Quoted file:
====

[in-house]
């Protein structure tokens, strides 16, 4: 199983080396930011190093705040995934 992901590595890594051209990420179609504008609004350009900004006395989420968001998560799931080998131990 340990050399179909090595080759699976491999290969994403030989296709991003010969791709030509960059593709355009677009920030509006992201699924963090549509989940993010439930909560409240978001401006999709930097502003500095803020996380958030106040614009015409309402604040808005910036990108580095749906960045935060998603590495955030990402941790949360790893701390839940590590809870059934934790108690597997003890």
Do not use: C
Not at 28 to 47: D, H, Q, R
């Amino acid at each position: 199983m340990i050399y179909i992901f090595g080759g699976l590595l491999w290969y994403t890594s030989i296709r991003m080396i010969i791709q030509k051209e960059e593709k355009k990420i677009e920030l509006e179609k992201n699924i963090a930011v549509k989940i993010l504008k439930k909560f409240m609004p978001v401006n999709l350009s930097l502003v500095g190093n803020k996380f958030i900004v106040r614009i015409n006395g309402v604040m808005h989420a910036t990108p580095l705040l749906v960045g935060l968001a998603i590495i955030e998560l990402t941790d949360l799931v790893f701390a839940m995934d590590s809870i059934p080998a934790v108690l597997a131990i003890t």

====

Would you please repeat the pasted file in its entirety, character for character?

[in-house]
């Protein structure tokens, strides 16, 4: 199983080396930011190093705040995934 992901590595890594051209990420179609504008609004350009900004006395989420968001998560799931080998131990 340990050399179909090595080759699976491999290969994403030989296709991003010969791709030509960059593709355009677009920030509006992201699924963090549509989940993010439930909560409240978001401006999709930097502003500095803020996380958030106040614009015409309402604040808005910036990108580095749906960045935060998603590495955030990402941790949360790893701390839940590590809870059934934790108690597997003890």
Do not use: C
Not at 28 to 47: D, H, Q, R
């Amino acid at each position: 199983m340990i050399y179909i992901f090595g080759g699976l590595l491999w290969y994403t890594s030989i296709r991003m080396i010969i791709q030509k051209e960059e593709k355009k990420i677009e920030l509006e179609k992201n699924i963090a930011v549509k989940i993010l504008k439930k909560f409240m609004p978001v401006n999709l350009s930097l502003v500095g190093n803020k996380f958030i900004v106040r614009i015409n006395g309402v604040m808005h989420a910036t990108p580095l705040l749906v960045g935060l968001a998603i590495i955030e998560l990402t941790d949360l799931v790893f701390a839940m995934d590590s809870i059934p080998a934790v108690l597997a131990i003890t």